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Tip of the Month
What are hazardous wastes?
- Hazardous wastes are any solid, liquid, or contained gaseous materials which are no longer used and, if not handled or disposed of properly, could damage or pollute the land, air, or water. They can also cause injury or death to exposed individuals. A waste is hazardous if it exhibits one or more of the following characteristics.
- Ignitability: Ignitable vapors can create fires under certain conditions. Examples include liquids, such as solvents that readily catch fire, and friction sensitive substances.
- Corrosivity: Corrosive wastes include those that are acidic and those that are capable or corroding metal, such as tanks, containers, drums, and barrels.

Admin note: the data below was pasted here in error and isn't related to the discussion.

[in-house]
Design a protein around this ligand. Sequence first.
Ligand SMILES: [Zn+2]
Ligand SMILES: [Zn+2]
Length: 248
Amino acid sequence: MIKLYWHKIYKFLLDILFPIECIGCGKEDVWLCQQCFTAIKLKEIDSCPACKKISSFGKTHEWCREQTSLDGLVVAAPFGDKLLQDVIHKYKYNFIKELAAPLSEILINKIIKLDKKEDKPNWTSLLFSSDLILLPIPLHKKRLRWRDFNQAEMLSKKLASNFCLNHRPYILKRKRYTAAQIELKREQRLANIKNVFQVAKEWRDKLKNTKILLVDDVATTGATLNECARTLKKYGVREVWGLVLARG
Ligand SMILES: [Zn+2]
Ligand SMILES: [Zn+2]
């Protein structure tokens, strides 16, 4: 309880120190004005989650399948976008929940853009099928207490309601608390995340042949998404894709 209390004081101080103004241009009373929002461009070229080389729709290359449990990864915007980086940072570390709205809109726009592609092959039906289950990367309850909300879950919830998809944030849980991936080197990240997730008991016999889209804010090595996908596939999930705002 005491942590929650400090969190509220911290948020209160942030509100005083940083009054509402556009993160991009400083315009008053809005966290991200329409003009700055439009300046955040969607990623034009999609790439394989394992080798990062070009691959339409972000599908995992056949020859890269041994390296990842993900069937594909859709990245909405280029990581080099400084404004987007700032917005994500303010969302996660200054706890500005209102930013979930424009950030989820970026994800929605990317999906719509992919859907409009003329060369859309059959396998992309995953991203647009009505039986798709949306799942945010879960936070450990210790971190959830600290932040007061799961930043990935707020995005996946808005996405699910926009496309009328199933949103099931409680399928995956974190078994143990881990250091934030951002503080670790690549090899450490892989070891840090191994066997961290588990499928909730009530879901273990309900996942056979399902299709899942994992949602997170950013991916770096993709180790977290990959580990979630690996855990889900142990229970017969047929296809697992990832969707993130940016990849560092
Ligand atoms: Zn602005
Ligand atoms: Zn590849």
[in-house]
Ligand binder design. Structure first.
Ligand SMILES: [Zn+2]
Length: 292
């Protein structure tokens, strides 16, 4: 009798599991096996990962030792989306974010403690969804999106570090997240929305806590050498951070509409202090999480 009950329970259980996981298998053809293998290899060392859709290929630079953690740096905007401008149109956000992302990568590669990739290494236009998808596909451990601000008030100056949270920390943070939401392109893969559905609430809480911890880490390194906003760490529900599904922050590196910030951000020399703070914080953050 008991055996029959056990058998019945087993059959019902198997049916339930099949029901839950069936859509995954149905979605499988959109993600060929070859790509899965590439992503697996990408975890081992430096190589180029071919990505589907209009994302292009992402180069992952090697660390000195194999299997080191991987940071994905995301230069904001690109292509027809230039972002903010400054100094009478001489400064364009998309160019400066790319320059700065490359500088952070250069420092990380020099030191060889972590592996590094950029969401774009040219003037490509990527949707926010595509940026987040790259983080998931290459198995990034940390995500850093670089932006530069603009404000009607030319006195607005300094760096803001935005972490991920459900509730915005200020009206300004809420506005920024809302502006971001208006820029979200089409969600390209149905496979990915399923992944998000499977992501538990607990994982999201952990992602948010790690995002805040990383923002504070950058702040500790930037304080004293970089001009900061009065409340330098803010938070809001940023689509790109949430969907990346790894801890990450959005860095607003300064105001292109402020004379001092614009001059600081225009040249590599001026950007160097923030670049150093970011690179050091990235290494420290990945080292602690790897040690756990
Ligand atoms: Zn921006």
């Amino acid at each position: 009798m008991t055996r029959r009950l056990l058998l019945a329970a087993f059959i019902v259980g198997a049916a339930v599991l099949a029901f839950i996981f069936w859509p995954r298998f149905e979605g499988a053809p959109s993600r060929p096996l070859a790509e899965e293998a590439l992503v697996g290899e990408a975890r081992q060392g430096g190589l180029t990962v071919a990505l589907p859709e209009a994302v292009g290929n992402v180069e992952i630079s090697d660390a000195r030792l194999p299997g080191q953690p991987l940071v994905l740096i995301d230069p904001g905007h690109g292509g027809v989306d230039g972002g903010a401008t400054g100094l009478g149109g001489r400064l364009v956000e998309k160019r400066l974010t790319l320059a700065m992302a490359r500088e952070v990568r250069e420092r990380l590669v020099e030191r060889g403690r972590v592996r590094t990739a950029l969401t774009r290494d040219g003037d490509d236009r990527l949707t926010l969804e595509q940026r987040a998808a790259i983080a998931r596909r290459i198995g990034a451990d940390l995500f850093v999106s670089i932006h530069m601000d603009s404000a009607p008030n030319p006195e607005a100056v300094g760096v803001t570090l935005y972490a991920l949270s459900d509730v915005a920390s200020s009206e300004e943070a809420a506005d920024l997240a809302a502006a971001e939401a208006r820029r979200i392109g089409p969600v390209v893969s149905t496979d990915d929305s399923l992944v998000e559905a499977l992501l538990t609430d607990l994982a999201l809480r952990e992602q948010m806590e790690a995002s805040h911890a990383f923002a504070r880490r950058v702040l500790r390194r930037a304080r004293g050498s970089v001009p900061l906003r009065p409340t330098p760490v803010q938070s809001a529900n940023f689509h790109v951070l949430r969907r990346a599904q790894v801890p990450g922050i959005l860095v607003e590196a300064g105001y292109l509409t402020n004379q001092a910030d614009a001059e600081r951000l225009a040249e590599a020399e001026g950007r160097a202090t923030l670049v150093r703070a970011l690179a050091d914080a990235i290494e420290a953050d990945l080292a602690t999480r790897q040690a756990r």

- Reactivity: Reactive wastes are unstable under normal conditions. They can create explosions and/or toxic fumes, gases, and vapors when mixed with water.
- Toxicity: Toxic wastes are harmful or fatal when ingested or absorbed. When toxic wastes are disposed of on land, contaminated liquid may drain from the waste and pollute ground water.
- Collect it ... Cap it ... Label it ... Dispose of it properly!
In 2005, Stony Brook generated 51% more hazardous waste than in 2004 (a total of 68 tons). This was mostly due to campus efforts to prepare for the 2005 EPA Audit.